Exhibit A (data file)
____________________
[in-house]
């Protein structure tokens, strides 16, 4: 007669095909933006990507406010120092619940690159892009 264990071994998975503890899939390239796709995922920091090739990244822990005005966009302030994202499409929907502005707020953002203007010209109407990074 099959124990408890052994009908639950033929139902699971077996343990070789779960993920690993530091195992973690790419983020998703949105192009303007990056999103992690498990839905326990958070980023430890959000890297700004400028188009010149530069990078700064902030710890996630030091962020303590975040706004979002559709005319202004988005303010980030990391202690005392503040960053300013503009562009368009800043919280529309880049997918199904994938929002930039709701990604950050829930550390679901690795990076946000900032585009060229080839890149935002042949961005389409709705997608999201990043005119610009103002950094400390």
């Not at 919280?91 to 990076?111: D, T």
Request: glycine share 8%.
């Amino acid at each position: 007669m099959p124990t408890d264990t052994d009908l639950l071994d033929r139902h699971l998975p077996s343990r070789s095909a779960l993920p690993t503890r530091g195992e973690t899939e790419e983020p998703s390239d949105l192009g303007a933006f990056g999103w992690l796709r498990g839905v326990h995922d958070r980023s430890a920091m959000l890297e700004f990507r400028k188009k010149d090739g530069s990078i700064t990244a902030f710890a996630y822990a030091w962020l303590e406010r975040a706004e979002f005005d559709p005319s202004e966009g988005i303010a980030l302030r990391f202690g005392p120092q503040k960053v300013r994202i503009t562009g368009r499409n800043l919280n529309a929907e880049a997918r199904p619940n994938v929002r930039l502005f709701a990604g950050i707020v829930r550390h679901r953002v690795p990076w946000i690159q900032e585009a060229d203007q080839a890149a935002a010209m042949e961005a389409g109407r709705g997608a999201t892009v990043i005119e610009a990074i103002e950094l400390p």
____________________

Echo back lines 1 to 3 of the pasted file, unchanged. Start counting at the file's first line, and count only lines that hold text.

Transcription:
[in-house]
């Protein structure tokens, strides 16, 4: 007669095909933006990507406010120092619940690159892009 264990071994998975503890899939390239796709995922920091090739990244822990005005966009302030994202499409929907502005707020953002203007010209109407990074 099959124990408890052994009908639950033929139902699971077996343990070789779960993920690993530091195992973690790419983020998703949105192009303007990056999103992690498990839905326990958070980023430890959000890297700004400028188009010149530069990078700064902030710890996630030091962020303590975040706004979002559709005319202004988005303010980030990391202690005392503040960053300013503009562009368009800043919280529309880049997918199904994938929002930039709701990604950050829930550390679901690795990076946000900032585009060229080839890149935002042949961005389409709705997608999201990043005119610009103002950094400390």
């Not at 919280?91 to 990076?111: D, T």